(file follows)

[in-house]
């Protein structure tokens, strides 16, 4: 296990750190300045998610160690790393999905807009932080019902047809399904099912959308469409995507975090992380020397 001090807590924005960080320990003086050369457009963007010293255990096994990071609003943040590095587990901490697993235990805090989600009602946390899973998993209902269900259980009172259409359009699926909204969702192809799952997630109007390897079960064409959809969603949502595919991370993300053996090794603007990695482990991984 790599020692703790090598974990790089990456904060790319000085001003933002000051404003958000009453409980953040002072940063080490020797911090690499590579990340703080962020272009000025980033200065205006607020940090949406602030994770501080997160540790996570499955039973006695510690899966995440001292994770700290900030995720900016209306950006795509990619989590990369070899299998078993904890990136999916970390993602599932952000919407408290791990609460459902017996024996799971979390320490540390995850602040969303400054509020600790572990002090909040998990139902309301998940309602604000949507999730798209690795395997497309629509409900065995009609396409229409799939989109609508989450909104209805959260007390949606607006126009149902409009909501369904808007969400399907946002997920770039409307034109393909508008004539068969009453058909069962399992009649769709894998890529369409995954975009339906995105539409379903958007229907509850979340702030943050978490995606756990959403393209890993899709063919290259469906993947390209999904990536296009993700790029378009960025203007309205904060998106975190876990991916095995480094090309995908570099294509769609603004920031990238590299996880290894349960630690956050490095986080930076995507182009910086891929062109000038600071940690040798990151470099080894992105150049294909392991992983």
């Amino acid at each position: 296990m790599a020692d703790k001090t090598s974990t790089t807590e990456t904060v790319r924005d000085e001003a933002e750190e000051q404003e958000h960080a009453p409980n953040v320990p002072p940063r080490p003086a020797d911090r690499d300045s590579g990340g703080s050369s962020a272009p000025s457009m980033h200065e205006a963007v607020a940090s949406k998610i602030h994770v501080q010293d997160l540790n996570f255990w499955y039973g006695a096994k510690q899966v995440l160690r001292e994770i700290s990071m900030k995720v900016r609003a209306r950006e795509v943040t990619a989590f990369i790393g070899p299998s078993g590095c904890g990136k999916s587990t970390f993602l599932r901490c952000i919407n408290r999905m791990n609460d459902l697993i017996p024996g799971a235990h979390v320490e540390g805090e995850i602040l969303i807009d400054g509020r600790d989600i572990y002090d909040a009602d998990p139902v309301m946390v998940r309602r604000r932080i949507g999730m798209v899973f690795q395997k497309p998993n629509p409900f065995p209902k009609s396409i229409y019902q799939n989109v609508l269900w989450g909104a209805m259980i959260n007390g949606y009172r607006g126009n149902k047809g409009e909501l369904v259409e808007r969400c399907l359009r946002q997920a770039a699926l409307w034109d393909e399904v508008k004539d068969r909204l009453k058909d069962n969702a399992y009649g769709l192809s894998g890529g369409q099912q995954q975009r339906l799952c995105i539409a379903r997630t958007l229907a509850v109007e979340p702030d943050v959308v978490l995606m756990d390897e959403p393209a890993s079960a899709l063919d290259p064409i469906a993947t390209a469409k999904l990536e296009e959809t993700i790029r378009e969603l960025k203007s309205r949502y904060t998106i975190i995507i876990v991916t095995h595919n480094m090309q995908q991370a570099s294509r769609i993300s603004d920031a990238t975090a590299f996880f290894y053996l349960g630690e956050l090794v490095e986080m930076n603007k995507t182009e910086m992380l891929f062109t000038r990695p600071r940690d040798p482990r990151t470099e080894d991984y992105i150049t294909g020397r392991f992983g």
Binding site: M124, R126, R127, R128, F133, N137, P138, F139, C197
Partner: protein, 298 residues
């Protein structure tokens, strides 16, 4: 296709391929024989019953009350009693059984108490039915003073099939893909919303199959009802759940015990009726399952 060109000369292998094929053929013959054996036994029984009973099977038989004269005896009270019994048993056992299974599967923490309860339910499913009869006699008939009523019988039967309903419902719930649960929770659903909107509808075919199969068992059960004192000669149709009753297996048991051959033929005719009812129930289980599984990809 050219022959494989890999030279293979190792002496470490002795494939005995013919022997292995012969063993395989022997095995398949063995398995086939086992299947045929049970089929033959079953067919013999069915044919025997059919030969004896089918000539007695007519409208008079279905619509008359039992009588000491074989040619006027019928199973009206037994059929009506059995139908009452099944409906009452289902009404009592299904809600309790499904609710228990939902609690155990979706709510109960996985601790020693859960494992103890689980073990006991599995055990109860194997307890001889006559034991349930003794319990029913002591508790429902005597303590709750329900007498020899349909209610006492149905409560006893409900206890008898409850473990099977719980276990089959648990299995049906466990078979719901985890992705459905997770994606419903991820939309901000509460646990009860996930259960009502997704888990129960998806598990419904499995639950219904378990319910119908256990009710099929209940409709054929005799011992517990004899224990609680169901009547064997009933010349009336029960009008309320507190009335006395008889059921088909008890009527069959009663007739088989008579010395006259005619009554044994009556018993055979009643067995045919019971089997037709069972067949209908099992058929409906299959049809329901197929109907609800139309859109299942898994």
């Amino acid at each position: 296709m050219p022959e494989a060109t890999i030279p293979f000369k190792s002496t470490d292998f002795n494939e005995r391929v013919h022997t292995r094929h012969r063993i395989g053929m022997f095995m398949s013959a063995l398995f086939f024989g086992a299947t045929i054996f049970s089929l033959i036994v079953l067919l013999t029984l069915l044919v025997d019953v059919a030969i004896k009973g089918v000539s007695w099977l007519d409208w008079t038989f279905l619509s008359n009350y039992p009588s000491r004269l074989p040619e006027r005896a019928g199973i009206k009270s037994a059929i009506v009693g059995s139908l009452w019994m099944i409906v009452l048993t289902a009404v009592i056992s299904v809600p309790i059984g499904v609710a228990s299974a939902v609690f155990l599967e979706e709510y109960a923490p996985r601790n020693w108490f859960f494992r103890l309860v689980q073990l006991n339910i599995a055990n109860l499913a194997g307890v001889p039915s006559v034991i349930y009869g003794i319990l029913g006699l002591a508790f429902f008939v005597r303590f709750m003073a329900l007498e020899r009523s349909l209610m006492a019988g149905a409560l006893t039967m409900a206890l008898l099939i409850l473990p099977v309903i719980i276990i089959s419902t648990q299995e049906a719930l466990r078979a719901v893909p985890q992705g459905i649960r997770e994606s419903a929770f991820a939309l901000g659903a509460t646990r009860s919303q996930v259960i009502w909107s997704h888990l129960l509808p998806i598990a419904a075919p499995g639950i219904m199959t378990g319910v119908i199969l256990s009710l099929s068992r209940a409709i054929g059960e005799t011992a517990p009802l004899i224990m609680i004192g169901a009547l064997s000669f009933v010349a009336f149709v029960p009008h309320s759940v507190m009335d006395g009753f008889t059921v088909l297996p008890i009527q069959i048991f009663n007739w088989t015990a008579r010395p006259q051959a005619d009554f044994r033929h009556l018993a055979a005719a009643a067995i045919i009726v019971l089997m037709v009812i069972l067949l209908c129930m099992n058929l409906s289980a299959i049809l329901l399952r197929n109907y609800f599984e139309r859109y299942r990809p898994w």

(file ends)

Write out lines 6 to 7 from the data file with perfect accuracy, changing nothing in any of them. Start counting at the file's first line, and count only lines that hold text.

């Protein structure tokens, strides 16, 4: 296709391929024989019953009350009693059984108490039915003073099939893909919303199959009802759940015990009726399952 060109000369292998094929053929013959054996036994029984009973099977038989004269005896009270019994048993056992299974599967923490309860339910499913009869006699008939009523019988039967309903419902719930649960929770659903909107509808075919199969068992059960004192000669149709009753297996048991051959033929005719009812129930289980599984990809 050219022959494989890999030279293979190792002496470490002795494939005995013919022997292995012969063993395989022997095995398949063995398995086939086992299947045929049970089929033959079953067919013999069915044919025997059919030969004896089918000539007695007519409208008079279905619509008359039992009588000491074989040619006027019928199973009206037994059929009506059995139908009452099944409906009452289902009404009592299904809600309790499904609710228990939902609690155990979706709510109960996985601790020693859960494992103890689980073990006991599995055990109860194997307890001889006559034991349930003794319990029913002591508790429902005597303590709750329900007498020899349909209610006492149905409560006893409900206890008898409850473990099977719980276990089959648990299995049906466990078979719901985890992705459905997770994606419903991820939309901000509460646990009860996930259960009502997704888990129960998806598990419904499995639950219904378990319910119908256990009710099929209940409709054929005799011992517990004899224990609680169901009547064997009933010349009336029960009008309320507190009335006395008889059921088909008890009527069959009663007739088989008579010395006259005619009554044994009556018993055979009643067995045919019971089997037709069972067949209908099992058929409906299959049809329901197929109907609800139309859109299942898994």
């Amino acid at each position: 296709m050219p022959e494989a060109t890999i030279p293979f000369k190792s002496t470490d292998f002795n494939e005995r391929v013919h022997t292995r094929h012969r063993i395989g053929m022997f095995m398949s013959a063995l398995f086939f024989g086992a299947t045929i054996f049970s089929l033959i036994v079953l067919l013999t029984l069915l044919v025997d019953v059919a030969i004896k009973g089918v000539s007695w099977l007519d409208w008079t038989f279905l619509s008359n009350y039992p009588s000491r004269l074989p040619e006027r005896a019928g199973i009206k009270s037994a059929i009506v009693g059995s139908l009452w019994m099944i409906v009452l048993t289902a009404v009592i056992s299904v809600p309790i059984g499904v609710a228990s299974a939902v609690f155990l599967e979706e709510y109960a923490p996985r601790n020693w108490f859960f494992r103890l309860v689980q073990l006991n339910i599995a055990n109860l499913a194997g307890v001889p039915s006559v034991i349930y009869g003794i319990l029913g006699l002591a508790f429902f008939v005597r303590f709750m003073a329900l007498e020899r009523s349909l209610m006492a019988g149905a409560l006893t039967m409900a206890l008898l099939i409850l473990p099977v309903i719980i276990i089959s419902t648990q299995e049906a719930l466990r078979a719901v893909p985890q992705g459905i649960r997770e994606s419903a929770f991820a939309l901000g659903a509460t646990r009860s919303q996930v259960i009502w909107s997704h888990l129960l509808p998806i598990a419904a075919p499995g639950i219904m199959t378990g319910v119908i199969l256990s009710l099929s068992r209940a409709i054929g059960e005799t011992a517990p009802l004899i224990m609680i004192g169901a009547l064997s000669f009933v010349a009336f149709v029960p009008h309320s759940v507190m009335d006395g009753f008889t059921v088909l297996p008890i009527q069959i048991f009663n007739w088989t015990a008579r010395p006259q051959a005619d009554f044994r033929h009556l018993a055979a005719a009643a067995i045919i009726v019971l089997m037709v009812i069972l067949l209908c129930m099992n058929l409906s289980a299959i049809l329901l399952r197929n109907y609800f599984e139309r859109y299942r990809p898994w």